Lower affinity α1-adrenoceptors, responsible for impairment of working memory and PFC neuronal signaling, become involved at higher rates of NE release (Arnsten 2000). Consequently, α1-adrenoceptors are activated by acute restraint stress (Alves et al. 2014), predatory stress (Rajbhandari et al. 2015), and maternal separation (Coccurello et al. 2014). Stimulation of α1-adrenoceptors reinforces the stress response, while their blockade diminishes the HPA activation (Yang et al. 2012). Likewise, behavior-activating high doses of psychostimulants activate the HPA axis, and impair spatial working memory through activation of glucocorticoid receptors present in the PFC (Barsegyan et al. 2010). In line with these findings, exposure to prolonged stress, resulting in PFC hyperactivity and a loss of function in the nucleus accumbens, leads to behavioral inflexibility. An impairment in set-shifting may be responsible for the disengagement of attention in individuals who are exposed to traumatic events (Piao et al. 2016). Furthermore, high intensity stress profoundly suppresses the activity of neurons that are strongly tuned to key task events and, at the same time, it activates neurons displaying relatively weak task-related tuning. The end result is a profound collapse in the fidelity of goal-related coding across the PFC output neurons (Devilbiss et al. 2016).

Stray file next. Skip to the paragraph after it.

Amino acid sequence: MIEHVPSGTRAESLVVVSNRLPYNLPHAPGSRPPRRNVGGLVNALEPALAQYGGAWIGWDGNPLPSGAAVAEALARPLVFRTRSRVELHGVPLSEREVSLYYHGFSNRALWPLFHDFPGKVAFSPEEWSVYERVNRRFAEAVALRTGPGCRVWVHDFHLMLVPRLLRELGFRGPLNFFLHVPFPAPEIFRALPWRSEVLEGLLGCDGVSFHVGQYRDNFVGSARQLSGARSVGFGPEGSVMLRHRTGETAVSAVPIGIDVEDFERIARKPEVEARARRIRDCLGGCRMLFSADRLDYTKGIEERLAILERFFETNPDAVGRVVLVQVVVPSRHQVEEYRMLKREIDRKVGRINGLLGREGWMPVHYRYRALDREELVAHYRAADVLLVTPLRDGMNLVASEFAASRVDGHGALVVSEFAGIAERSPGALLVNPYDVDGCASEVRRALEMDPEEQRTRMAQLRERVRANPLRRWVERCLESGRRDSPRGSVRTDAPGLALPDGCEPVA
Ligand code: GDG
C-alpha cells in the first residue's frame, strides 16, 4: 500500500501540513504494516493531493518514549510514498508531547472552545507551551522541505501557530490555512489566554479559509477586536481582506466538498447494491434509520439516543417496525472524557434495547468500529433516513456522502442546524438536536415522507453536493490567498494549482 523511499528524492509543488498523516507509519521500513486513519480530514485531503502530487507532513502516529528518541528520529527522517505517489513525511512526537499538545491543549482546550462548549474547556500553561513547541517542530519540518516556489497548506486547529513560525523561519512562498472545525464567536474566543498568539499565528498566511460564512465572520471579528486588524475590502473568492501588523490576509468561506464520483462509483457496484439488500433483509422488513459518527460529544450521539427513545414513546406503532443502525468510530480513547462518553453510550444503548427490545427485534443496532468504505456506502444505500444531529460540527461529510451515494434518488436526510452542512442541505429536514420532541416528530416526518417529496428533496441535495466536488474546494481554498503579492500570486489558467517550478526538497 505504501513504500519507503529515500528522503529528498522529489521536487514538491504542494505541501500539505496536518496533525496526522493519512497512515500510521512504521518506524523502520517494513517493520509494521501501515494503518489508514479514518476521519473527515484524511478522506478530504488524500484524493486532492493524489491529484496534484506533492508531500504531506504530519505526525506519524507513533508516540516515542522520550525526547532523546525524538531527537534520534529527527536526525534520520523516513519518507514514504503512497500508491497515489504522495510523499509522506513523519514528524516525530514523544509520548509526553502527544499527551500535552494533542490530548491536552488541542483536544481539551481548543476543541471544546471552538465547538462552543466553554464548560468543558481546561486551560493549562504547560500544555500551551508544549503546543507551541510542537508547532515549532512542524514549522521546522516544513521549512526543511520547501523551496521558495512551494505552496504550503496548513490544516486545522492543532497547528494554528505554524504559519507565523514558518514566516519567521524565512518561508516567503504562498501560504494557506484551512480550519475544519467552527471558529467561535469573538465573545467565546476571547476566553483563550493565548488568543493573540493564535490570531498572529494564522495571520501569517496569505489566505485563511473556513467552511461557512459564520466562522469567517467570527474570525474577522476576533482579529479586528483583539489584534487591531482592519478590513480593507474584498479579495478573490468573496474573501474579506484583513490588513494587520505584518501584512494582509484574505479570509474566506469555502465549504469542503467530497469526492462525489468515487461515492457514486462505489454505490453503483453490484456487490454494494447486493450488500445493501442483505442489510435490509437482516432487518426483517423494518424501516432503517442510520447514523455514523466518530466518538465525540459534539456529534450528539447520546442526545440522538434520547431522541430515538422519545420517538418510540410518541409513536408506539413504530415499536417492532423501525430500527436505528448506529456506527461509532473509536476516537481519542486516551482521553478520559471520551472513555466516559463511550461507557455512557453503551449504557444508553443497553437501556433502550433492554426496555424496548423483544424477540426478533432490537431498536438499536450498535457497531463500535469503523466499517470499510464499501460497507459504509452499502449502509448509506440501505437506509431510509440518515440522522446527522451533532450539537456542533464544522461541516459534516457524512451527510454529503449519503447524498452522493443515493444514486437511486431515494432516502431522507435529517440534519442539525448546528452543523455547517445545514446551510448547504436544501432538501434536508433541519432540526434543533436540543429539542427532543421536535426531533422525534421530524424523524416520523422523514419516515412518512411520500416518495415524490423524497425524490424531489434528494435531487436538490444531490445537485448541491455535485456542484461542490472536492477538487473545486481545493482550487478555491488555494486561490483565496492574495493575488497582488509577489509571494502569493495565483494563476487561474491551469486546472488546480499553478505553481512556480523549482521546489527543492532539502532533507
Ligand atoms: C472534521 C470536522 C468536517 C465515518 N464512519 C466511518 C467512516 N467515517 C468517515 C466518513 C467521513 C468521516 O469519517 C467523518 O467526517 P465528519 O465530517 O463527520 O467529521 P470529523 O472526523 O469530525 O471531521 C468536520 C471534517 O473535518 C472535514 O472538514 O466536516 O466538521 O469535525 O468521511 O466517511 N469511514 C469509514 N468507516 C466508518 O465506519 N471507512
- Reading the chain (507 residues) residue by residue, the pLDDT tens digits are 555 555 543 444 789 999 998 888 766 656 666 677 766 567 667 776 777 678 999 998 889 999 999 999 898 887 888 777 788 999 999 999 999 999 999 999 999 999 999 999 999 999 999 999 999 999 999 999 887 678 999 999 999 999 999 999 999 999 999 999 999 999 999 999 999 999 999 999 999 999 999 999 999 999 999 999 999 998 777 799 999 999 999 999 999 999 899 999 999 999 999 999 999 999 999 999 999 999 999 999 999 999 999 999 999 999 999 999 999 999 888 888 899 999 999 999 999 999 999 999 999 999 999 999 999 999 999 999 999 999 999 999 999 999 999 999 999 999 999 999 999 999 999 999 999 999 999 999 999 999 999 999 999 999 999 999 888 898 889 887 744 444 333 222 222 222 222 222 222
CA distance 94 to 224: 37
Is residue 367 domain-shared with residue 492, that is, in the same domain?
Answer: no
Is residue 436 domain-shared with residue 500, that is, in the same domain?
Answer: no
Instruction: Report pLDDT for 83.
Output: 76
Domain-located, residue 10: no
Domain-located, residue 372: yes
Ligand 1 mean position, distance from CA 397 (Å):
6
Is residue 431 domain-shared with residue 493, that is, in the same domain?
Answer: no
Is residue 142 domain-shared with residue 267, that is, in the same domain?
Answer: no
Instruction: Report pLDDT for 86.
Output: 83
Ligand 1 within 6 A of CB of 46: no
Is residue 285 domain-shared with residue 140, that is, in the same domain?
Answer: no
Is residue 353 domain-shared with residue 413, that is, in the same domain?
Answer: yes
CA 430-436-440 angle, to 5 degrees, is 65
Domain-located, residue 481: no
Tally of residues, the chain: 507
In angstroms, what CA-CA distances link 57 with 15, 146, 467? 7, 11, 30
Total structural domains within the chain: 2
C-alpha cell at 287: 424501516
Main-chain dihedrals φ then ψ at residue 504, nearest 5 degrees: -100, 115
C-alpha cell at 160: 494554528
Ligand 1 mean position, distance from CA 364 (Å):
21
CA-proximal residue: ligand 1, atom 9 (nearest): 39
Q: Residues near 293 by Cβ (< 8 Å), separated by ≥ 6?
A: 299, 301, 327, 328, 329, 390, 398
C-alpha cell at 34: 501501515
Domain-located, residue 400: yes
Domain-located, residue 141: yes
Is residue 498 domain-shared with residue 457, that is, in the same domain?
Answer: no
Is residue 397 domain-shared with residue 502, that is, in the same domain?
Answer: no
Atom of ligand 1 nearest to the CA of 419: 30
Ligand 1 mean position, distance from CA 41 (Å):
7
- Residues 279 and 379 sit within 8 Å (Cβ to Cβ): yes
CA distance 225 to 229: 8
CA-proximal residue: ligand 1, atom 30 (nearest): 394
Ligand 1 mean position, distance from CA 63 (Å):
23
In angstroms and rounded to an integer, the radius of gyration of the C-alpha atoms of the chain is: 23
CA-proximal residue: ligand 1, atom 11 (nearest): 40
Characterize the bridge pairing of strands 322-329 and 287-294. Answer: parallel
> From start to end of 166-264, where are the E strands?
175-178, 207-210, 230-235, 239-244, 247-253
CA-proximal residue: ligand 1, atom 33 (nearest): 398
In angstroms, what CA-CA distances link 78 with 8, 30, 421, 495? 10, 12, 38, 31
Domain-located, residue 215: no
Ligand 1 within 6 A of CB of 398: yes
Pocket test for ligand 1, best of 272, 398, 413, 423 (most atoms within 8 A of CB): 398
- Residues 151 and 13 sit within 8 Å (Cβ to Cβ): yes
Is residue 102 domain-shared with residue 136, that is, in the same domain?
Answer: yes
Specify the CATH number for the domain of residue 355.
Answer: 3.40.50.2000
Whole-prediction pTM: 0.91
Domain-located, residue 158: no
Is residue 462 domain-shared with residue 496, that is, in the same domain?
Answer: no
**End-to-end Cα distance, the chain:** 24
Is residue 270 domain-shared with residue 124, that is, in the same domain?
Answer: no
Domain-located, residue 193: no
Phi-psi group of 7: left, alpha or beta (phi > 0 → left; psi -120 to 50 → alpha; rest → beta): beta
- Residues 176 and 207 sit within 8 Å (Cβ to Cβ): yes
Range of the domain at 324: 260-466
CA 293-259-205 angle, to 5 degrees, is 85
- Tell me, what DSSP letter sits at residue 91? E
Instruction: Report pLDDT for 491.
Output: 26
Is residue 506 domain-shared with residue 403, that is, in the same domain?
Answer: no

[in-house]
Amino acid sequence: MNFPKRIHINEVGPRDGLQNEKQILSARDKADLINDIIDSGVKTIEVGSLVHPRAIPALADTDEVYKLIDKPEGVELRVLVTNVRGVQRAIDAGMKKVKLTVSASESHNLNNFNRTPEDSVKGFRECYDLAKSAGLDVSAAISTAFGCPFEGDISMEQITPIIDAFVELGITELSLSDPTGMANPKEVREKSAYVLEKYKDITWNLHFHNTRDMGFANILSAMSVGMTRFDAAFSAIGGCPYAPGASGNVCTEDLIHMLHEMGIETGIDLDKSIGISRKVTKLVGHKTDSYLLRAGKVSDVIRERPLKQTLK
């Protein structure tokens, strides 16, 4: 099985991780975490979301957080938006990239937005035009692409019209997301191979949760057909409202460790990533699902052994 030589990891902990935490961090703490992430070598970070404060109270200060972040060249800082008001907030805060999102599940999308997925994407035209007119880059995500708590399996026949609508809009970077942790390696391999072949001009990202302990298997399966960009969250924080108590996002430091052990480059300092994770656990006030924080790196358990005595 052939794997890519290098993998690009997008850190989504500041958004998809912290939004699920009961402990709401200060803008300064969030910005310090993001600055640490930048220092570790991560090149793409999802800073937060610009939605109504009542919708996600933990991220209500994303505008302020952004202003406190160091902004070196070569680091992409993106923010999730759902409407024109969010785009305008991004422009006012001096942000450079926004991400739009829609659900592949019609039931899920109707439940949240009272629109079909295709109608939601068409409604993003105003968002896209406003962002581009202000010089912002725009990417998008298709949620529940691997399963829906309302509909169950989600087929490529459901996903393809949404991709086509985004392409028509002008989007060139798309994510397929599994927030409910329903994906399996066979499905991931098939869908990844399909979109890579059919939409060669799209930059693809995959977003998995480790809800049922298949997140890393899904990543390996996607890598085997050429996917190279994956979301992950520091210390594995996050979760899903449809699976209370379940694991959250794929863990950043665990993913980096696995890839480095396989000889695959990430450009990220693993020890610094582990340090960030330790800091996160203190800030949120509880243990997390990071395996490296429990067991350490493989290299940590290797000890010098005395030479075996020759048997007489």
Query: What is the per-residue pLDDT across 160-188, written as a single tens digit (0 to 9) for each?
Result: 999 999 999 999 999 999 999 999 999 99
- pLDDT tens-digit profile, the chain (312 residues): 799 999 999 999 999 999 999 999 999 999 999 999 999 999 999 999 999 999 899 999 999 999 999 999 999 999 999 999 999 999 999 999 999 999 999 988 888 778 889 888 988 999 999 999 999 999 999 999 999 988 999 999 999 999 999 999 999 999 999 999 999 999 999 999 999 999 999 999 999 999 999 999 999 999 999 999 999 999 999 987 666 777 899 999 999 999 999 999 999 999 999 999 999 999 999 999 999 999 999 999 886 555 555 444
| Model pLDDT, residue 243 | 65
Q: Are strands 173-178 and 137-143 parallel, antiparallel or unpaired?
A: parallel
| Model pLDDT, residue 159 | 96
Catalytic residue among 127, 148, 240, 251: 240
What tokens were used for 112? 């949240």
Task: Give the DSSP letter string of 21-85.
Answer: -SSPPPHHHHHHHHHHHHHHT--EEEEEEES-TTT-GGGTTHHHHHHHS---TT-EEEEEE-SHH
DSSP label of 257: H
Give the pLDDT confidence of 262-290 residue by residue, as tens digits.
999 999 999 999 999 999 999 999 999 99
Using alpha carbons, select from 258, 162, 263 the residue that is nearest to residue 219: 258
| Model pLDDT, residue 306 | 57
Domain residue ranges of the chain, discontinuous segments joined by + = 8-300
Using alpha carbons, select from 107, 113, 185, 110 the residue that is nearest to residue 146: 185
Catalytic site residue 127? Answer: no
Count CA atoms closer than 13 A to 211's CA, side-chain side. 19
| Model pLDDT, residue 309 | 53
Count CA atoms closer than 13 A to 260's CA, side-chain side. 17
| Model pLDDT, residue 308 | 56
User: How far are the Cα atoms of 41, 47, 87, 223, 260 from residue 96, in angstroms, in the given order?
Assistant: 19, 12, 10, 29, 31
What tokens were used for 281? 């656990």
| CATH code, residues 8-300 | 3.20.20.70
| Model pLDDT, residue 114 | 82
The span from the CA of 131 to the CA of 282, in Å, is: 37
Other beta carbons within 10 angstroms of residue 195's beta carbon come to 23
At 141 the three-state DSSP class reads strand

4 Conclusions

Modulation of the LC-NE and HPA axes plays an essential role in cognitive function and task performance modifications. Nonetheless, a number of issues remain that need to be resolved. In particular, the interference of the LC-NE and HPA axes with other systems responsible for attention and alertness, such as serotoninergic, histaminergic, or cholinergic pathways needs to be further clarified. Likewise, the role of microglia and interactions among inflammatory agents, NE, and CRH merit detailed attention and research.

This review focused almost exclusively on rodent and macaque research. Recent studies have revealed that nonluminance-mediated changes in pupil diameter might provide a moment-to-moment index that reflects the LC-mediated coordination of noradrenergic neuronal activity. The exact mechanisms underlying the relation between pupil changes and NE-driven neural and behavioral phenomena still remain conjectural. Nonetheless, an appealing possibility arises of future non-invasive investigations in humans based on the pupil distention.

We briefly summarized the current knowledge on the neuroendocrine mechanisms that may account for the relation between stress and cognition. This knowledge is in line with the notion that moderate stress might be quite stimulating, while the effect of exposure to intense, and prolonged hostile psychological environment is devastating regarding cognitive abilities and human general well-being. It is worth mentioning that this widely accepted popular notion is increasingly justified in light of recent research discoveries.

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Jul 30, 2017 | Posted by in RESPIRATORY | Comments Off on Response, Brain Noradrenergic System and Cognition